Search Images Maps Play YouTube News Gmail Drive More »
Sign in
Screen reader users: click this link for accessible mode. Accessible mode has the same essential features but works better with your reader.


  1. Advanced Patent Search
Publication numberUS1940849 A
Publication typeGrant
Publication dateDec 26, 1933
Filing dateNov 12, 1932
Priority dateNov 12, 1932
Publication numberUS 1940849 A, US 1940849A, US-A-1940849, US1940849 A, US1940849A
InventorsDavidson Bruce J
Original AssigneeNat Biscuit Co
Export CitationBiBTeX, EndNote, RefMan
External Links: USPTO, USPTO Assignment, Espacenet
Reclosable carton
US 1940849 A
Abstract  available in
Previous page
Next page
Claims  available in
Description  (OCR text may contain errors)

Dec. 26, 1933. J V s 1,940,849

RECLOSABLE CARTON Filed NOV. 12, 1932 1 7 EPUCZE J DA was 0/\/ IN VEN TOR ATT NEY Patented Dec. 26, 1933 UNITED STATES 1,9 0, 9 REOLOSABLE CARTON Bruce J. Davidson, Kew Gardens, N. Y., auignor to National Biscuit Company, New Yor N. Y., a corporation of New Jersey Application November 12, 1932 Serial No. 642,357

5 Clainilr (Cl. 229-51) This invention relates to re-closable cartons and particularly to cartons which are sealed tightly when filled, and are opened by breaking or tearing the carton along a weakened line, which, however, leaves the carton so that it can be reclosed after a part of its contents has been used. Cartons of this general type have come into quite wide use for packaging many kinds of merchandise such as cakes, crackers, cereals, cigarettes, soap powders, and many other articles that are sold in cartons containing more than one helping or serving of the commodity. In such cases it is desirable that the package be re-closed tight- 1y until some more of its contents are wanted. The carton must also be so constructed that it can be sealed securely at the factory and prevent the sifting out of fine materials.

The present invention accomplishes the above objects and has the above advantages, and also comprises a carton which may be sealed in a tight wrapper and still be easily opened and reclosed.

In the accompanying drawing, 1 have illustrated two forms that my invention may take wherein:

Fig. 1 is a plan view of a blank from which the carton may be formed.

Fig. 2 shows an empty carton ready for filling.

Fig. 3 shows a filled carton with the side and front flaps folded down and sealed.

Fig. 4 shows a filled carton with the top folded down and sealed.

Fig. 5 shows the completely sealed carton.

Fig. 6 shows the carton opened.

Fig. '1 shows the carton reclosed.

Fig. 8 shows a sealed and wrapped carton embodying my invention.

Fig. 9 shows the wrapped carton opened; and

Fig. 10 shows the. wrapped carton reclosed.

In Fig. 1 I have shown a blank from which my improved carton may be formed, the blank being cut and scored to provide front and back panels 11, 12, side panels 13, 14, and a sealing flap 15, the flap 15 being glued to the inner edge of the front panel 11 when the box is formed. At its lower end the blank is provided with four flaps 16, 17, 18, and 19, which are turned inwardly and glued together to form the bottom of the box, as is well known to those s ed in the art. At the upper end of the blank there are provided three flaps 20, 21, and 22, and a top or lid section 23. The flap 20 is the full size of the end of the box, but the side flaps 21, 22 have their corners cut away, as indicated, so that the tongue or flap for reclosing the box can be readily inserted. The top panel 23 is also the full size of the top end of the box and has a tongue or tucking flap 24 which lies outside of the box when the box is originally sealed, but is adapted to provide a tucking flap to be inserted within the front panel of the box to reclose it.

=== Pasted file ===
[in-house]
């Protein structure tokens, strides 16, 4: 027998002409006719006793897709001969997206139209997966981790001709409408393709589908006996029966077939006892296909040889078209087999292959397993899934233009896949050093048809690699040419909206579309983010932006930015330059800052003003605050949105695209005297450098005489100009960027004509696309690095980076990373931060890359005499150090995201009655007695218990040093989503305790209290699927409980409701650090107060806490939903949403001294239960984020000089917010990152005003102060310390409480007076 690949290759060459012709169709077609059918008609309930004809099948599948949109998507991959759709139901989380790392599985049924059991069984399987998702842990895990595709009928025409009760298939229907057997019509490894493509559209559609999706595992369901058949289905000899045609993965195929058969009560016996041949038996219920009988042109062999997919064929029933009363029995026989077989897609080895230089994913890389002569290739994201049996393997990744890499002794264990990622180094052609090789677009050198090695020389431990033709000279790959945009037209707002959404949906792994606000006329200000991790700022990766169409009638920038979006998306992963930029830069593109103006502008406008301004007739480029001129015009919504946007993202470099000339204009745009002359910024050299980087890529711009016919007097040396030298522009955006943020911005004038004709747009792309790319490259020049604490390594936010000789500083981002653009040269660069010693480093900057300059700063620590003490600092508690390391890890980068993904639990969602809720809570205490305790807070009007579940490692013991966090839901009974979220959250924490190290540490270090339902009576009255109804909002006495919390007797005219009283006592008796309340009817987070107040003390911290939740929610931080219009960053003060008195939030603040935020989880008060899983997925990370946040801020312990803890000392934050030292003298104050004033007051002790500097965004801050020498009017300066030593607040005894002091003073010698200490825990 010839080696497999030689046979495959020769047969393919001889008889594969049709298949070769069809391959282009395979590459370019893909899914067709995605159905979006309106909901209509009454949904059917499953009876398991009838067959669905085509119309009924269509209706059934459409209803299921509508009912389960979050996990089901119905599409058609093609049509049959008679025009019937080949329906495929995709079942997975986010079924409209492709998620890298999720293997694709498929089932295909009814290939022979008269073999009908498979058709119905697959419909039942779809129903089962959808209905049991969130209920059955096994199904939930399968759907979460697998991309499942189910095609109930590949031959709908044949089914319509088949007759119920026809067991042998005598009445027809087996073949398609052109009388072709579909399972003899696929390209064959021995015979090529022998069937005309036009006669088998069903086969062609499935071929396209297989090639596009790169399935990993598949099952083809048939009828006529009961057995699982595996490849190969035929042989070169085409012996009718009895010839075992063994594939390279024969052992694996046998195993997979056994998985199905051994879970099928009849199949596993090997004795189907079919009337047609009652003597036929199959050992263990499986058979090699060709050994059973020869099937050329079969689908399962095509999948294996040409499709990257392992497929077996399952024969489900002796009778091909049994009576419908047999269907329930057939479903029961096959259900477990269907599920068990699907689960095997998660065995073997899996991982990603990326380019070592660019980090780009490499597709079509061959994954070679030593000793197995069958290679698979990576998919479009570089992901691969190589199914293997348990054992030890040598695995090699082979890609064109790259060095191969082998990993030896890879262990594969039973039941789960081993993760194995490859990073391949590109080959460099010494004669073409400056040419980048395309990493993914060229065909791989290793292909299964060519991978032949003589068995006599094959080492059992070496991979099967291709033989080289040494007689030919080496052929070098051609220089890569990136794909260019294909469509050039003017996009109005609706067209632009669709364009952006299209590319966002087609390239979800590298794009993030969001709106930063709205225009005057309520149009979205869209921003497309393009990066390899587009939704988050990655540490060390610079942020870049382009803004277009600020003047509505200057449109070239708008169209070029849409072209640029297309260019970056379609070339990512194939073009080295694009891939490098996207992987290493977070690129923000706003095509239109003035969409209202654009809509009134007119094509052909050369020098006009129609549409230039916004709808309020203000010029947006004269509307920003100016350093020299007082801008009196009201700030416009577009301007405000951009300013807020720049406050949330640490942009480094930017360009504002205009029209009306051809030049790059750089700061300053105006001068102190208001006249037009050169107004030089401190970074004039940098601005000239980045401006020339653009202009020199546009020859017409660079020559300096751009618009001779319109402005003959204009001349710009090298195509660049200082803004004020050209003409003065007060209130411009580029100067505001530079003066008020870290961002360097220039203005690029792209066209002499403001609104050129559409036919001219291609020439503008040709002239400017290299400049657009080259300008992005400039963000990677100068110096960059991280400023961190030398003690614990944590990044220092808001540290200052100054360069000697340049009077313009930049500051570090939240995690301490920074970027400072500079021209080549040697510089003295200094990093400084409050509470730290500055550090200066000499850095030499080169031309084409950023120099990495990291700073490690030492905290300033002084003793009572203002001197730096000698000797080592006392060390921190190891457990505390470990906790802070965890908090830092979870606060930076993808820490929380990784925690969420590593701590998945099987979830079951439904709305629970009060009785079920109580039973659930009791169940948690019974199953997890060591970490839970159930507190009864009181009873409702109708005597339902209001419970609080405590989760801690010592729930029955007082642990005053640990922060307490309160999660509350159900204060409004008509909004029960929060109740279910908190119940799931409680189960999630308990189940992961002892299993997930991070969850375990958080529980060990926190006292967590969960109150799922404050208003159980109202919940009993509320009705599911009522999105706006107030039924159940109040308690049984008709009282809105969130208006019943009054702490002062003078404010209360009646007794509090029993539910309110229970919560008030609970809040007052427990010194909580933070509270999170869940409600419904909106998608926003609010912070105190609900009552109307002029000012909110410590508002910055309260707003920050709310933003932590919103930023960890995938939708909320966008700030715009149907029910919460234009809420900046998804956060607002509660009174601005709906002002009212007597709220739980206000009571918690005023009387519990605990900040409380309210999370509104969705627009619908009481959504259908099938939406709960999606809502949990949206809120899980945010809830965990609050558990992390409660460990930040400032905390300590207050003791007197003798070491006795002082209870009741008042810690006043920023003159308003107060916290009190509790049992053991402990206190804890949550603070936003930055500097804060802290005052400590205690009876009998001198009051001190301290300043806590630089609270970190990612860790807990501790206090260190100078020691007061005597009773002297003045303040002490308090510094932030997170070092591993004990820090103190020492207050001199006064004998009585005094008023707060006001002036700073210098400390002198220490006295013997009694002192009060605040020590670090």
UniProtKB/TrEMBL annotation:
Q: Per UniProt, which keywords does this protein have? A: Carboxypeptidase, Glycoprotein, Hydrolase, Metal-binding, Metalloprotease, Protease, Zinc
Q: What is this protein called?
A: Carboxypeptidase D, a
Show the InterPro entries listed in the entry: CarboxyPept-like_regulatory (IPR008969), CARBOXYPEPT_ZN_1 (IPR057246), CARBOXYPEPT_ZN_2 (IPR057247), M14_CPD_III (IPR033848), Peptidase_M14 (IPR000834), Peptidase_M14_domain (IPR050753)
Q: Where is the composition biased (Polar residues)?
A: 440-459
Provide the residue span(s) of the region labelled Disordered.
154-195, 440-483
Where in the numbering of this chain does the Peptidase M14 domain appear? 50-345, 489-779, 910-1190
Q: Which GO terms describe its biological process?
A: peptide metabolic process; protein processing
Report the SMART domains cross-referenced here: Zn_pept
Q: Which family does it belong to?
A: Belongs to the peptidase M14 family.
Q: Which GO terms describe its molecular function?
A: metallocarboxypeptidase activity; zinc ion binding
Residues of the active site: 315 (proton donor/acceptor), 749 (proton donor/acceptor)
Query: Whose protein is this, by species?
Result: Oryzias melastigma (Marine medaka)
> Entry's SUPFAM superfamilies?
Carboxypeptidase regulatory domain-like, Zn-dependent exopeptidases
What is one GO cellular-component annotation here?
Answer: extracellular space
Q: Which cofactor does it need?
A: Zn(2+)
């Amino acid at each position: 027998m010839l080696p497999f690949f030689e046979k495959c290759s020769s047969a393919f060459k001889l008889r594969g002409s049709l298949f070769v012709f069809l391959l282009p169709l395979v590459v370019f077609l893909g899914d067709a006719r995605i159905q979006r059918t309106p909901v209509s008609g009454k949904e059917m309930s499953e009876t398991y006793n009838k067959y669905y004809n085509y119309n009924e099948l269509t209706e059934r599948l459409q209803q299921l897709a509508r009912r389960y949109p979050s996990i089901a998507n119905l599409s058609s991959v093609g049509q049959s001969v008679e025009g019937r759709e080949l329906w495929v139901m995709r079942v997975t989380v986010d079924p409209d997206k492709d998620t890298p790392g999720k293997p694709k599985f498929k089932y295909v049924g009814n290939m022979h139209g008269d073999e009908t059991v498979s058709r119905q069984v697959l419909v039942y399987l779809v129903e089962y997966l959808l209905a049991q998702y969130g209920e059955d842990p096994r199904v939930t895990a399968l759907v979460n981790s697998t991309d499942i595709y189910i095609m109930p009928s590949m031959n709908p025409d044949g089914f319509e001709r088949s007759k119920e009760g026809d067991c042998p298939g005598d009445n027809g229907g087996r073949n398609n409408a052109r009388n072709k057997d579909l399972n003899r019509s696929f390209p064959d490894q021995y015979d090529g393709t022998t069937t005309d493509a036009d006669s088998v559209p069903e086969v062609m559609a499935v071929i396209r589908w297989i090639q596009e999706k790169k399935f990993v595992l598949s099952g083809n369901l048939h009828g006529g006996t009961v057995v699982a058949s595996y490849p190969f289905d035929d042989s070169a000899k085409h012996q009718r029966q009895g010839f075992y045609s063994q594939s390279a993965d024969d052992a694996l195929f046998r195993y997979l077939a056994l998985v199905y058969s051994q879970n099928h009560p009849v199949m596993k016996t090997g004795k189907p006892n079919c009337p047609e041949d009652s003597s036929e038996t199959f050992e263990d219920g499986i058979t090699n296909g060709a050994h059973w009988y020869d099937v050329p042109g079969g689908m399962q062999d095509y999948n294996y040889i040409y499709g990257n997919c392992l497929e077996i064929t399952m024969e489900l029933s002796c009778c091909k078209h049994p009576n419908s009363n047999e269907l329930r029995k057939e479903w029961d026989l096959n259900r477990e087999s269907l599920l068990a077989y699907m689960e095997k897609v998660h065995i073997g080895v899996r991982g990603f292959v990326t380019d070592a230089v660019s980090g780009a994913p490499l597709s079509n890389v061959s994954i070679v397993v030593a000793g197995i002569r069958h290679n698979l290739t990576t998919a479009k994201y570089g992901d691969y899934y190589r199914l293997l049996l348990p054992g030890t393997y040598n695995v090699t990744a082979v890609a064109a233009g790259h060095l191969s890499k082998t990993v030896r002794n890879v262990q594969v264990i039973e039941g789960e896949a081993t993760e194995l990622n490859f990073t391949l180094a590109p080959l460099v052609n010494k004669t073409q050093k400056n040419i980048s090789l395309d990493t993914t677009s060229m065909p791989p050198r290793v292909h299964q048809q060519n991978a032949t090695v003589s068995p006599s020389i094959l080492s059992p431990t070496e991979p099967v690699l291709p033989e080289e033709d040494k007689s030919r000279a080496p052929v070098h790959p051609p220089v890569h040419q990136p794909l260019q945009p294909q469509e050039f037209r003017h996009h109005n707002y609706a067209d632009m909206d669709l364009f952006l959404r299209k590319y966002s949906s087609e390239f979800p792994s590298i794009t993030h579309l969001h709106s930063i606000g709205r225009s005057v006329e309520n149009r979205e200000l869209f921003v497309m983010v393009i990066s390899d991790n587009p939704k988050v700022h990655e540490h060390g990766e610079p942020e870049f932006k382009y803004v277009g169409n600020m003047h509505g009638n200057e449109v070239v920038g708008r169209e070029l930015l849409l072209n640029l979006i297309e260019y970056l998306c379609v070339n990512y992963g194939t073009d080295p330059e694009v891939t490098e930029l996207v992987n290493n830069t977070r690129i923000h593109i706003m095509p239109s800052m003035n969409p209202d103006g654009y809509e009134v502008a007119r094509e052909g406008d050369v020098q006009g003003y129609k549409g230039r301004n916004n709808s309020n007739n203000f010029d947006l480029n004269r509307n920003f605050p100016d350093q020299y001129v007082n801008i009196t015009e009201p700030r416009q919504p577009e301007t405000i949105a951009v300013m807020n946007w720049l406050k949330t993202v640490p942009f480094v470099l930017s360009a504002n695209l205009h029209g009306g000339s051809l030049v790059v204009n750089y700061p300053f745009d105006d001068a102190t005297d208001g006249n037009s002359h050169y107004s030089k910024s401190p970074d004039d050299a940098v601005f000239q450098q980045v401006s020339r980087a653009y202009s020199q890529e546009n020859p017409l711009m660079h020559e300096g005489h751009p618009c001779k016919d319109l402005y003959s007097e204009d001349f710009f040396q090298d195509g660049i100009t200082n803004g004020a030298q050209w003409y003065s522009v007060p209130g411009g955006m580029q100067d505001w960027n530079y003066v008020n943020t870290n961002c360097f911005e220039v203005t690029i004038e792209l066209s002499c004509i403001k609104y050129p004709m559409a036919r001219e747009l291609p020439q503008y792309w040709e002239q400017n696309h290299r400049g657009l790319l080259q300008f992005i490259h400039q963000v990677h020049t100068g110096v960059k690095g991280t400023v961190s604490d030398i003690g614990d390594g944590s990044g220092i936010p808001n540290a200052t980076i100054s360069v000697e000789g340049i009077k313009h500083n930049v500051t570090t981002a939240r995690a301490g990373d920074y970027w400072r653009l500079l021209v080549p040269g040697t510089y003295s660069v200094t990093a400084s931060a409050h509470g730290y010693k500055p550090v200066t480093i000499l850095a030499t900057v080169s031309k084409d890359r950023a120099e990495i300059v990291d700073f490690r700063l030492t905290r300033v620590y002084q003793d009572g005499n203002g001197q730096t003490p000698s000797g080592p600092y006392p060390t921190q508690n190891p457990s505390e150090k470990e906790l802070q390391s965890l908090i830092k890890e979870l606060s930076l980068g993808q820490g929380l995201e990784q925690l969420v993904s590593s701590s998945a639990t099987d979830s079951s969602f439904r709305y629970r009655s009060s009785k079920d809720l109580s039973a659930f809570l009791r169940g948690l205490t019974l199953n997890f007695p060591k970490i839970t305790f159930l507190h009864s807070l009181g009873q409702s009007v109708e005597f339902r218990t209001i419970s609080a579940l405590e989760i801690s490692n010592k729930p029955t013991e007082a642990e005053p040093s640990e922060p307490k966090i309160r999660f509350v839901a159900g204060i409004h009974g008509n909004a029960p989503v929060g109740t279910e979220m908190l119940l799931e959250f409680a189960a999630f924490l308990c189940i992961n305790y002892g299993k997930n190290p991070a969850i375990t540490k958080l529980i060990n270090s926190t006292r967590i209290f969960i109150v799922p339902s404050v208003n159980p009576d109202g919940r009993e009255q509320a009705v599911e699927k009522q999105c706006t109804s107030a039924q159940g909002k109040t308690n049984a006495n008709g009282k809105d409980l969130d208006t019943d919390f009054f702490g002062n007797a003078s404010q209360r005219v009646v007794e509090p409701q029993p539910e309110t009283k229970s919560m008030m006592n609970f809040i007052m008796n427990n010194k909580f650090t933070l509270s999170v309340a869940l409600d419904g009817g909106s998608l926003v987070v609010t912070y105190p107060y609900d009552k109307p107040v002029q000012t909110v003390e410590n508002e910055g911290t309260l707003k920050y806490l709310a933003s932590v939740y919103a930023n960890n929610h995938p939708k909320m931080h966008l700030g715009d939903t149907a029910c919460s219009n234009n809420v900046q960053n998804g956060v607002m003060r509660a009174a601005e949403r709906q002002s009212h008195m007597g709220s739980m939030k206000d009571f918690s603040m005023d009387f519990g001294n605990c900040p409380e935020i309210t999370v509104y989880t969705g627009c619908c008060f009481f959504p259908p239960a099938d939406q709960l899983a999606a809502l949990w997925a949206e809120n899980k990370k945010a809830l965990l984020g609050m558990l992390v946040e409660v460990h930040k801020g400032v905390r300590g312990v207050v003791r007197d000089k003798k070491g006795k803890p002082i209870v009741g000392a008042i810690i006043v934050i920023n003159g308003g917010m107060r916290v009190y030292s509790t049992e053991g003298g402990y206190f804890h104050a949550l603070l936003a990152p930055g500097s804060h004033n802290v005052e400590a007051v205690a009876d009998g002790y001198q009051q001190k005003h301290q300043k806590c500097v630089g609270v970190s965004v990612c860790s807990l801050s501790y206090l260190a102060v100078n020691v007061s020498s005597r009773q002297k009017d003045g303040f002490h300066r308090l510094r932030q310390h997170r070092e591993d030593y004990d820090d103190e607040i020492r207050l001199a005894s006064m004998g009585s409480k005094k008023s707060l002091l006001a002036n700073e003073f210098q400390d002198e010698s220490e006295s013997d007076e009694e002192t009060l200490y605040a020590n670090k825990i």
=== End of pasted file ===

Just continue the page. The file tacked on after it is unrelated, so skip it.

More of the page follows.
The front panel is provided with a transverse weakened line 25 which, at its ends, may meet or coincide for a short distance with the top edge of the box, but between its ends preferably lies below the top edge of the box so that it can be easily reached and broken when the tongue 24 has been raised to expose it.

Fig. 2 shows the box formed ready for filling with the top end left open. The blank is first folded so that the panels 11, 12, 13, 14 form four sides of the box with the fiap 15 glued to the free edge of the panel 11. The bottom flaps 17 and 19 are then folded inwardly and then the flaps 16 and 18 folded in and glued together and 7 also the flaps 1'1 and 19, which provides a tight seal for the bottom of the box. At the top the fiaps 20, 21, and 22 and the top 23 are left stand! ing upright so as to provide an open end for the 8 box.

In Fig. 3 I have shown the box after it has been filled and partly sealed. In this figure the flaps 20, 21, and 22 have been turned down and sealedand glue has been applied to the under side of the top 23.

In Fig. 4 the top 23 has been pressed down and secured to the flap 20 which tightly seals the carton, but the tongue 24 has not yet been sealed down.

In Fig. 5 the tongue 24 has been bent down and lightly glued to the front of the carton and the package is completely sealed, ready to go on the market.

The flap 20 is glued to the two flaps 21 and 22, as indicated at 2'7, 28 in Fig. 6, but this seal issomewhat insecure although strong enough to prevent its being accidentally broken during handling or shipping, but yet tight enough to securely seal the package.

Also, the tongue 24 is sealed insecurely to the front side of the box, as indicated at 29 in Fig.

6, but this seal must be so insecure that the flap can be easily raised with the finger, its sole purpose being to prevent accidental bending up of the tongue 24 during shipment or handling of the package.